The gun was fitted with a telescopic sight for engaging armoured vehicles and other targets in the direct fire role as well as the standard sight for indirect fire. The 25-pounder's main ammunition was the High Explosive (HE) shell, but it could fire smoke shells, star shells, and special projectiles containing propaganda leaflets. The 25-pdr could also fire 20-pound armour piercing (AP) steel shot, and the carriage was equipped with a circular track that was dropped onto the ground to permit a 360-degree traverse in the anti-tank role.

    Many of the MkII and Mk2/1 field guns to be used by the Commonwealth forces were built in Canada by Sorel Limited in Sorel, Quebec. The depicted gun is one such piece, both it and the ammunition trailer are from 1943 production. In 1944, the Mk2/1 was supplanted by the MkIII, MkIII/1 and the MkIV, all of which sported minor improvements to the MkII's basic design.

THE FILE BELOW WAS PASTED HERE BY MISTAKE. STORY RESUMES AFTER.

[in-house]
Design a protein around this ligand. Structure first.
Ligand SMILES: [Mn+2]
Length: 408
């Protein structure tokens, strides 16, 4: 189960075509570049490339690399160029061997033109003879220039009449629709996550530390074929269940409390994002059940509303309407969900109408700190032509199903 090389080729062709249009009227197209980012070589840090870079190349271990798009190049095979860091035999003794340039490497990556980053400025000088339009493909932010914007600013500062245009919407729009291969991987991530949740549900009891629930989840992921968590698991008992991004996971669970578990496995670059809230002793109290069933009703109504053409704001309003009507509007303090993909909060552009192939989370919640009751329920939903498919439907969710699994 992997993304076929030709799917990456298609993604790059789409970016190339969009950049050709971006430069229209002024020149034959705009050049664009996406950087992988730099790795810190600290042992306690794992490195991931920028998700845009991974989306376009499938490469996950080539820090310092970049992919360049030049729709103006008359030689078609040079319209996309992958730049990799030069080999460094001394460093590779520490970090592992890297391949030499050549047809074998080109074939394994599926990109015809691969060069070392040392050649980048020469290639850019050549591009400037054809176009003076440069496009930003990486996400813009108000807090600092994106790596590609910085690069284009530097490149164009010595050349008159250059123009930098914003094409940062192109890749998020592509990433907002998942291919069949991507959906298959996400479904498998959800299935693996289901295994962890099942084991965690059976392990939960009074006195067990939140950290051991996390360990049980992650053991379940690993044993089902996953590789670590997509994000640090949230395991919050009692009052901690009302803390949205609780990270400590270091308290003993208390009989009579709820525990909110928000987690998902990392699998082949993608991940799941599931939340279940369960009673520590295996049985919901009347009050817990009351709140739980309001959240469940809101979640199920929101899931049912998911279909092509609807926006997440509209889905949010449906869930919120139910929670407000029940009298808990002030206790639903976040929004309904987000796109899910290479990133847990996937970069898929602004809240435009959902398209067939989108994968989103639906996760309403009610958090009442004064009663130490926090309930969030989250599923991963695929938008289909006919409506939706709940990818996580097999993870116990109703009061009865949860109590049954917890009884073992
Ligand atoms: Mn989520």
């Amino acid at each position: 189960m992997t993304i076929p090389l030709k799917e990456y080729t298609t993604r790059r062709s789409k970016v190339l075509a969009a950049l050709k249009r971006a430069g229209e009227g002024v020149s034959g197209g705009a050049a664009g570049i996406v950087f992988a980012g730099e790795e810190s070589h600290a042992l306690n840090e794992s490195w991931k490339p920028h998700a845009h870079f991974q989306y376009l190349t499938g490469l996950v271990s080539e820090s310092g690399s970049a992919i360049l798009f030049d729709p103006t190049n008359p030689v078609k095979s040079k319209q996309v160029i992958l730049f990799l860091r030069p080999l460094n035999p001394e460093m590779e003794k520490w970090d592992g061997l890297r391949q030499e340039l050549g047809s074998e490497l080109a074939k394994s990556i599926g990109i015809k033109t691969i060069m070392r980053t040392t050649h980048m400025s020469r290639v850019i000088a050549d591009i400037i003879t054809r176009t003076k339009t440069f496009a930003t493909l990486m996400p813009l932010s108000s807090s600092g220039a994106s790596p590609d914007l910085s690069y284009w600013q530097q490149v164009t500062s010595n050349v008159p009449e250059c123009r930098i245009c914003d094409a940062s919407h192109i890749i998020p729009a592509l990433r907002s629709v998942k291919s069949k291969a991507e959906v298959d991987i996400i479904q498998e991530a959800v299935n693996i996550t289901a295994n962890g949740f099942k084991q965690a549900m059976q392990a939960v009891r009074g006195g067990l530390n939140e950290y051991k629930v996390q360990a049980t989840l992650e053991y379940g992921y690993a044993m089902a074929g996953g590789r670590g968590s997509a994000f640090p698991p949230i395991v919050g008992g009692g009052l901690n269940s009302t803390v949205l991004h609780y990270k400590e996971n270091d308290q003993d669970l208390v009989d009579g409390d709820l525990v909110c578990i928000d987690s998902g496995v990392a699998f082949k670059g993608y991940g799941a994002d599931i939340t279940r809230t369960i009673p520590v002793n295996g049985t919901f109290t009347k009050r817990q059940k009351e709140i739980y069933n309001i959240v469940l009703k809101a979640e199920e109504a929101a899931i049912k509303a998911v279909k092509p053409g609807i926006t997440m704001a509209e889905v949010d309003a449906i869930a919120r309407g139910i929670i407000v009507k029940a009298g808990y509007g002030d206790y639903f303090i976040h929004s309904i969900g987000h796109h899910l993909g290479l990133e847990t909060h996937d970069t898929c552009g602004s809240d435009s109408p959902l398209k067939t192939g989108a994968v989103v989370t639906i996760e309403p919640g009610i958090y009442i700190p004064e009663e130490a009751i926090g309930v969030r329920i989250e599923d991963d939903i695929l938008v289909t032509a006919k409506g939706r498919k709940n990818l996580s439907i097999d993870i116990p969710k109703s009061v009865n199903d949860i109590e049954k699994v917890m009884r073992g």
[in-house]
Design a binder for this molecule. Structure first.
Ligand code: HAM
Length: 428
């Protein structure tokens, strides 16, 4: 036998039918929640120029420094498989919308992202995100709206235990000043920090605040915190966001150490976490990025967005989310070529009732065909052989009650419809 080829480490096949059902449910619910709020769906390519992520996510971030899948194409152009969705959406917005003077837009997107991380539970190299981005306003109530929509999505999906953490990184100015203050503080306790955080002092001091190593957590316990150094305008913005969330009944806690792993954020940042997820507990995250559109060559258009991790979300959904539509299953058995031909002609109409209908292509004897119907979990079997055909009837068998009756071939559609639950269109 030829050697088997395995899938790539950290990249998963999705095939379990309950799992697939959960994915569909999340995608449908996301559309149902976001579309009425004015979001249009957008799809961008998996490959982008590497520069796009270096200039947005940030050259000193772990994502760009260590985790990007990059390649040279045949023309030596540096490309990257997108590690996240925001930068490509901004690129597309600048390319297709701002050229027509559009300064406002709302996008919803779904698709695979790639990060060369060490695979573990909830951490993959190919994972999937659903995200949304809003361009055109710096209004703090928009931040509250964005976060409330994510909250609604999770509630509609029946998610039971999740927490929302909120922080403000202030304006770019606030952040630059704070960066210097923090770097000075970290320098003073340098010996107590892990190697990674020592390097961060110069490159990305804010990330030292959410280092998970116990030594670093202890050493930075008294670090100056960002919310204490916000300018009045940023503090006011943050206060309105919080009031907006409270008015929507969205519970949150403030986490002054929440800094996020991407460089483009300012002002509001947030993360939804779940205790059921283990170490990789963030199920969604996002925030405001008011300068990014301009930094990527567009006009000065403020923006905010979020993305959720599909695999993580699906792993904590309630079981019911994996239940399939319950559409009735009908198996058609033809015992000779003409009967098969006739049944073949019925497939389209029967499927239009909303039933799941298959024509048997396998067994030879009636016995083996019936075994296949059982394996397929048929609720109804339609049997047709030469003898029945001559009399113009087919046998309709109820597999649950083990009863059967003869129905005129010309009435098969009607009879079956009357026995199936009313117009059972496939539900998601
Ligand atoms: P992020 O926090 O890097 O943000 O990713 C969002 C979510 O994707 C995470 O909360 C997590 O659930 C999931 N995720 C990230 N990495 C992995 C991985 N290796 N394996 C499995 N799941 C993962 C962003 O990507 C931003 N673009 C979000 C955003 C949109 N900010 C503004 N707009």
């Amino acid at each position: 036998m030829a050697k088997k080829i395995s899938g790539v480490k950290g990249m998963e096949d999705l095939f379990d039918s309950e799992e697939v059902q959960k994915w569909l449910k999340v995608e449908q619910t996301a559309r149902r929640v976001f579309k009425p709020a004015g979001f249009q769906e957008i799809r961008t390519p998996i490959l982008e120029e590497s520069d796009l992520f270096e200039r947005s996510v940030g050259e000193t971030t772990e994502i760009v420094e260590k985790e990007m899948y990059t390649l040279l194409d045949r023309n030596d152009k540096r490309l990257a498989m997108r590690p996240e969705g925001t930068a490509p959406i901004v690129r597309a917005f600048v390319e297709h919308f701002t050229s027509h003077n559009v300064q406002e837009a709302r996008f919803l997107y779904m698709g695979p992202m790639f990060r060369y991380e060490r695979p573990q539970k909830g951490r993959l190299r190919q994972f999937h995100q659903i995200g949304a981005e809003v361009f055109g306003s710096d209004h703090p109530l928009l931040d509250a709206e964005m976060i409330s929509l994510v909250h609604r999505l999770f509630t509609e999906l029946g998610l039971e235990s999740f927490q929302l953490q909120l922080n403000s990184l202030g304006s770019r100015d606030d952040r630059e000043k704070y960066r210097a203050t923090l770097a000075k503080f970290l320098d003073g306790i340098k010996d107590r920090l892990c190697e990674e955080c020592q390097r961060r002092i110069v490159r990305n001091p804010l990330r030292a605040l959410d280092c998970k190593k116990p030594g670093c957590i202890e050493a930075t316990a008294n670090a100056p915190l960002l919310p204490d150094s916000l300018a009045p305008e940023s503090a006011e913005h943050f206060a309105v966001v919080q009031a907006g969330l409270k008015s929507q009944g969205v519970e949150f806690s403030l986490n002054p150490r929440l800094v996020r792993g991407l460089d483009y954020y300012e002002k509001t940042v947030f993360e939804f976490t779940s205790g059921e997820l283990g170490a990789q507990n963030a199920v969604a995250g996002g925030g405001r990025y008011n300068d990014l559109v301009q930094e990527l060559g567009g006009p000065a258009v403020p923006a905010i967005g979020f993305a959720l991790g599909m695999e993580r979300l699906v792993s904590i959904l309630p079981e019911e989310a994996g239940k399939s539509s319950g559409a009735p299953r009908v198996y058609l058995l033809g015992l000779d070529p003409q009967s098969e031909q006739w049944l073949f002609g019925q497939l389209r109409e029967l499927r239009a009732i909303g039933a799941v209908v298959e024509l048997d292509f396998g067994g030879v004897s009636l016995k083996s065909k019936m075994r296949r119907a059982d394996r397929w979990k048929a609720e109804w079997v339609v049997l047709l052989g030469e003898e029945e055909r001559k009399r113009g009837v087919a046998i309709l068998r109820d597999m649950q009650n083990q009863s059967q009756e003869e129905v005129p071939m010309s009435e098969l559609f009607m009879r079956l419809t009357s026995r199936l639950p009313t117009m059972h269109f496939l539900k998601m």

The 25 pounder was used primarily for indirect fire infantry support and as a direct-fire anti-tank gun in close support of infantry.

    Ammunition was most frequently fielded with the gun using the No.27 artillery trailer which housed 32 rounds and spares for the gun. The No.27 was secured to the Mk2/1 gun during transport and the trailer was in turn towed most often by the Artillery Tractor, of which a variety were employed throughout the war.

    The typical gun crew was comprised of six men, numbered one through six as follows: